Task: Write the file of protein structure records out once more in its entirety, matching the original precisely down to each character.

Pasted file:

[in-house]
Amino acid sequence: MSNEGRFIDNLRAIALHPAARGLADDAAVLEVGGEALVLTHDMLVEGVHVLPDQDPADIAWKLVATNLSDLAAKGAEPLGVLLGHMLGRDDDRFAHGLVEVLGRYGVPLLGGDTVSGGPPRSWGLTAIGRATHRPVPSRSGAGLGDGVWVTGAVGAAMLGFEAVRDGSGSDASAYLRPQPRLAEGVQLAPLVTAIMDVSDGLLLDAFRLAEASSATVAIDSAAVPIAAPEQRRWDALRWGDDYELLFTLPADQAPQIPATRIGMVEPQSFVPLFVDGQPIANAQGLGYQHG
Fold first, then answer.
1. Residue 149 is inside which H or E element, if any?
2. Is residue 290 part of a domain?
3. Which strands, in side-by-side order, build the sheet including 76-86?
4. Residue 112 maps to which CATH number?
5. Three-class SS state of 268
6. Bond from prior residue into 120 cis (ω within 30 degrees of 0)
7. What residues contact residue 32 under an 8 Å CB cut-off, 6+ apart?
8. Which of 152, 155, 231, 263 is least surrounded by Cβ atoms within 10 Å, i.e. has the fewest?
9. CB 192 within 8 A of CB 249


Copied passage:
[in-house]
Amino acid sequence: MSNEGRFIDNLRAIALHPAARGLADDAAVLEVGGEALVLTHDMLVEGVHVLPDQDPADIAWKLVATNLSDLAAKGAEPLGVLLGHMLGRDDDRFAHGLVEVLGRYGVPLLGGDTVSGGPPRSWGLTAIGRATHRPVPSRSGAGLGDGVWVTGAVGAAMLGFEAVRDGSGSDASAYLRPQPRLAEGVQLAPLVTAIMDVSDGLLLDAFRLAEASSATVAIDSAAVPIAAPEQRRWDALRWGDDYELLFTLPADQAPQIPATRIGMVEPQSFVPLFVDGQPIANAQGLGYQHG
Fold first, then answer.
1. Residue 149 is inside which H or E element, if any?
2. Is residue 290 part of a domain?
3. Which strands, in side-by-side order, build the sheet including 76-86?
4. Residue 112 maps to which CATH number?
5. Three-class SS state of 268
6. Bond from prior residue into 120 cis (ω within 30 degrees of 0)
7. What residues contact residue 32 under an 8 Å CB cut-off, 6+ apart?
8. Which of 152, 155, 231, 263 is least surrounded by Cβ atoms within 10 Å, i.e. has the fewest?
9. CB 192 within 8 A of CB 249